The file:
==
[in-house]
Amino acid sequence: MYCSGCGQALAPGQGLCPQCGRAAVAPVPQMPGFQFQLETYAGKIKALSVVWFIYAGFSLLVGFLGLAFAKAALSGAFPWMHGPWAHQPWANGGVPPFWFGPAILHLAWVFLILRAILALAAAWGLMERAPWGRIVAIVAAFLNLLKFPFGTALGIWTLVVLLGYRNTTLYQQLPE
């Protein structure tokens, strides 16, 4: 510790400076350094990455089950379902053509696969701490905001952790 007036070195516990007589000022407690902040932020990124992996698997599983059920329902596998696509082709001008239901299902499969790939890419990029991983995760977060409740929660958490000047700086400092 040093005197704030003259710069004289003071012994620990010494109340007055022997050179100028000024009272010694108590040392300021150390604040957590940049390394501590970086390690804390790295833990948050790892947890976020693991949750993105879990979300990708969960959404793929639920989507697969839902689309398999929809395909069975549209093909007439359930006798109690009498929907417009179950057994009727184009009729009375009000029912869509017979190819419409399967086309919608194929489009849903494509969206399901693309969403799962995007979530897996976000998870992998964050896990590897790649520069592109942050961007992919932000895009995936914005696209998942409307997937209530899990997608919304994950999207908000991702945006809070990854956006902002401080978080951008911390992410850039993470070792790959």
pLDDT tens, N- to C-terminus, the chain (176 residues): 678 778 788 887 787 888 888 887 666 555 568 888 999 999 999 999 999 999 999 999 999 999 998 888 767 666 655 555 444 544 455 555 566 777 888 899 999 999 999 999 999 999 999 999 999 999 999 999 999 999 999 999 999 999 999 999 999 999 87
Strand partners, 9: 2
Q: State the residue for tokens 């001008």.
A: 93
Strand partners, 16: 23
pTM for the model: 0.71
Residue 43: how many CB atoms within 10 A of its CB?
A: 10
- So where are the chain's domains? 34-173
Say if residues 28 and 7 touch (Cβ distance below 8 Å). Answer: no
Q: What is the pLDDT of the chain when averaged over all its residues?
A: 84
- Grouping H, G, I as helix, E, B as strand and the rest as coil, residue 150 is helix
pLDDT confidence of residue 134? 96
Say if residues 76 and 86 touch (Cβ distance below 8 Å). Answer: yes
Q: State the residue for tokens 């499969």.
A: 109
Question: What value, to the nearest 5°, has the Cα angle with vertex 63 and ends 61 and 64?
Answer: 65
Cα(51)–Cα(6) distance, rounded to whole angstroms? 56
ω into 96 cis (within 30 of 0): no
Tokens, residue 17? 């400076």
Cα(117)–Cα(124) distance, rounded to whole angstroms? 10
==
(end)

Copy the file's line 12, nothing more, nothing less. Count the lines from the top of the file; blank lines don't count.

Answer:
- So where are the chain's domains? 34-173